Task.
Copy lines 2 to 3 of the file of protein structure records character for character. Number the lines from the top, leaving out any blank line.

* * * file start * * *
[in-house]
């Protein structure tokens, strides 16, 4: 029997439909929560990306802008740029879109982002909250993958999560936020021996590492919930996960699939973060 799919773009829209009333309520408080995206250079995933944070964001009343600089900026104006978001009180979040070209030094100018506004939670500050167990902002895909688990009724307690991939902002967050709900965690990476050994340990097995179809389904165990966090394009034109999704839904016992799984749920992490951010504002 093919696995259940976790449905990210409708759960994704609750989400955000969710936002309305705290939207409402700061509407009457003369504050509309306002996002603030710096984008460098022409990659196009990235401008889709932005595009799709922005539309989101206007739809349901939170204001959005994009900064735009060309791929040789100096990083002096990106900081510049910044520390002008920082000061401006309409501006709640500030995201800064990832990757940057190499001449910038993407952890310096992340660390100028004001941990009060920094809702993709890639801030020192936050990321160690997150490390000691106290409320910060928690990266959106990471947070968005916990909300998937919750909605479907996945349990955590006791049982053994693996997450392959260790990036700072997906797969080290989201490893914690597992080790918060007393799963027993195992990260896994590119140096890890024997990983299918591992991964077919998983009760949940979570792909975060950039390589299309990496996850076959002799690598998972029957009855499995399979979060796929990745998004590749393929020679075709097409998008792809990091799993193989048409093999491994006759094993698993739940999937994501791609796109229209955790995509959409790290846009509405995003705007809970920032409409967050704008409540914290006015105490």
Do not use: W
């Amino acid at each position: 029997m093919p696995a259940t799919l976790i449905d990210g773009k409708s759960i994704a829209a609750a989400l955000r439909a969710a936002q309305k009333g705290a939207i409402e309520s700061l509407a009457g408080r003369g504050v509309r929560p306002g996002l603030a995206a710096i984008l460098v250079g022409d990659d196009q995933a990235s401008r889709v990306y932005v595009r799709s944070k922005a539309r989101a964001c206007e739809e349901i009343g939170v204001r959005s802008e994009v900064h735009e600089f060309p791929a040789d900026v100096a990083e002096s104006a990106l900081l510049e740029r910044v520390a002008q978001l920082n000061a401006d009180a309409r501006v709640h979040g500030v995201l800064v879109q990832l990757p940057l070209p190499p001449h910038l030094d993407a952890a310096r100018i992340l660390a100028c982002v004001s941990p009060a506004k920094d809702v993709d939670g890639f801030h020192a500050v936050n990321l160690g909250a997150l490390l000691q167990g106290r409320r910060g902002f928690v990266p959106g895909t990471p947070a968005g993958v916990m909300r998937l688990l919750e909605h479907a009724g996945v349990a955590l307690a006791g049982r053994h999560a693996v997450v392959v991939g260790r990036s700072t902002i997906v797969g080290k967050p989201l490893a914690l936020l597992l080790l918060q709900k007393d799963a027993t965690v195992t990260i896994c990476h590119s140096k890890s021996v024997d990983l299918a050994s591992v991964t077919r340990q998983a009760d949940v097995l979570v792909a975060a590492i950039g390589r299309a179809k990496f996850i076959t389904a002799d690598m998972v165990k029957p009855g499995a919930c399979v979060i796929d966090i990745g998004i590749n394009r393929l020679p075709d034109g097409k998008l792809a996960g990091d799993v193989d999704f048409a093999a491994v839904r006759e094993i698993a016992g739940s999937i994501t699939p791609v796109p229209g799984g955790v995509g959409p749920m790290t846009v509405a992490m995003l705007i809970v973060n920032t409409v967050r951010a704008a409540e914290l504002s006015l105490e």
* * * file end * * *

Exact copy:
């Protein structure tokens, strides 16, 4: 029997439909929560990306802008740029879109982002909250993958999560936020021996590492919930996960699939973060 799919773009829209009333309520408080995206250079995933944070964001009343600089900026104006978001009180979040070209030094100018506004939670500050167990902002895909688990009724307690991939902002967050709900965690990476050994340990097995179809389904165990966090394009034109999704839904016992799984749920992490951010504002 093919696995259940976790449905990210409708759960994704609750989400955000969710936002309305705290939207409402700061509407009457003369504050509309306002996002603030710096984008460098022409990659196009990235401008889709932005595009799709922005539309989101206007739809349901939170204001959005994009900064735009060309791929040789100096990083002096990106900081510049910044520390002008920082000061401006309409501006709640500030995201800064990832990757940057190499001449910038993407952890310096992340660390100028004001941990009060920094809702993709890639801030020192936050990321160690997150490390000691106290409320910060928690990266959106990471947070968005916990909300998937919750909605479907996945349990955590006791049982053994693996997450392959260790990036700072997906797969080290989201490893914690597992080790918060007393799963027993195992990260896994590119140096890890024997990983299918591992991964077919998983009760949940979570792909975060950039390589299309990496996850076959002799690598998972029957009855499995399979979060796929990745998004590749393929020679075709097409998008792809990091799993193989048409093999491994006759094993698993739940999937994501791609796109229209955790995509959409790290846009509405995003705007809970920032409409967050704008409540914290006015105490």
Do not use: W